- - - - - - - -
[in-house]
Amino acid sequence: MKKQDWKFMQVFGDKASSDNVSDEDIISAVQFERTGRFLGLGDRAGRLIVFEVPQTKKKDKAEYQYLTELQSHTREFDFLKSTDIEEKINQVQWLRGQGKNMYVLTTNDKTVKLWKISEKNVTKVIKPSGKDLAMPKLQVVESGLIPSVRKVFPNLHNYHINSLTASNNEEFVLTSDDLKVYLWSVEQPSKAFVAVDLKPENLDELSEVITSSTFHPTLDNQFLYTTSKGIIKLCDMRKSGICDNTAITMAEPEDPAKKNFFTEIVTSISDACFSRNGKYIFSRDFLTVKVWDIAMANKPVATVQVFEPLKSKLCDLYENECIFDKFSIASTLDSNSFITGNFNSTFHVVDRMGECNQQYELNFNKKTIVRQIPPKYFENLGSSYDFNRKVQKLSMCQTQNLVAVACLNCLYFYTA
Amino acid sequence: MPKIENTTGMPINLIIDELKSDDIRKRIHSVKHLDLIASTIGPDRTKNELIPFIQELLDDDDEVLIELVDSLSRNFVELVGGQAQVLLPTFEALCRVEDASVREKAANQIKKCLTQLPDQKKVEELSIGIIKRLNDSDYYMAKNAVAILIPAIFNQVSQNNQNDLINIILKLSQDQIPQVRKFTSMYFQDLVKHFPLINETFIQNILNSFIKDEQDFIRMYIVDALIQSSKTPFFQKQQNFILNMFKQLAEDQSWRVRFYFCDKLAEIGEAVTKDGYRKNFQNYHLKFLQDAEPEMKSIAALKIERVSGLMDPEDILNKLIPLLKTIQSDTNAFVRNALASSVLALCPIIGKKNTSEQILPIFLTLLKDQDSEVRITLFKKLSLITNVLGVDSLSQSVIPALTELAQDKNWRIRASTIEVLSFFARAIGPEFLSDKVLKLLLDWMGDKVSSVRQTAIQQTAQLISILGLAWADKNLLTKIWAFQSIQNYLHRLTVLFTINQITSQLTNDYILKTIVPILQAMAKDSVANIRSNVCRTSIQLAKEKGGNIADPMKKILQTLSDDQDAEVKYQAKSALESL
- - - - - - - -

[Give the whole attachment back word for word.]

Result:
[in-house]
Amino acid sequence: MKKQDWKFMQVFGDKASSDNVSDEDIISAVQFERTGRFLGLGDRAGRLIVFEVPQTKKKDKAEYQYLTELQSHTREFDFLKSTDIEEKINQVQWLRGQGKNMYVLTTNDKTVKLWKISEKNVTKVIKPSGKDLAMPKLQVVESGLIPSVRKVFPNLHNYHINSLTASNNEEFVLTSDDLKVYLWSVEQPSKAFVAVDLKPENLDELSEVITSSTFHPTLDNQFLYTTSKGIIKLCDMRKSGICDNTAITMAEPEDPAKKNFFTEIVTSISDACFSRNGKYIFSRDFLTVKVWDIAMANKPVATVQVFEPLKSKLCDLYENECIFDKFSIASTLDSNSFITGNFNSTFHVVDRMGECNQQYELNFNKKTIVRQIPPKYFENLGSSYDFNRKVQKLSMCQTQNLVAVACLNCLYFYTA
Amino acid sequence: MPKIENTTGMPINLIIDELKSDDIRKRIHSVKHLDLIASTIGPDRTKNELIPFIQELLDDDDEVLIELVDSLSRNFVELVGGQAQVLLPTFEALCRVEDASVREKAANQIKKCLTQLPDQKKVEELSIGIIKRLNDSDYYMAKNAVAILIPAIFNQVSQNNQNDLINIILKLSQDQIPQVRKFTSMYFQDLVKHFPLINETFIQNILNSFIKDEQDFIRMYIVDALIQSSKTPFFQKQQNFILNMFKQLAEDQSWRVRFYFCDKLAEIGEAVTKDGYRKNFQNYHLKFLQDAEPEMKSIAALKIERVSGLMDPEDILNKLIPLLKTIQSDTNAFVRNALASSVLALCPIIGKKNTSEQILPIFLTLLKDQDSEVRITLFKKLSLITNVLGVDSLSQSVIPALTELAQDKNWRIRASTIEVLSFFARAIGPEFLSDKVLKLLLDWMGDKVSSVRQTAIQQTAQLISILGLAWADKNLLTKIWAFQSIQNYLHRLTVLFTINQITSQLTNDYILKTIVPILQAMAKDSVANIRSNVCRTSIQLAKEKGGNIADPMKKILQTLSDDQDAEVKYQAKSALESL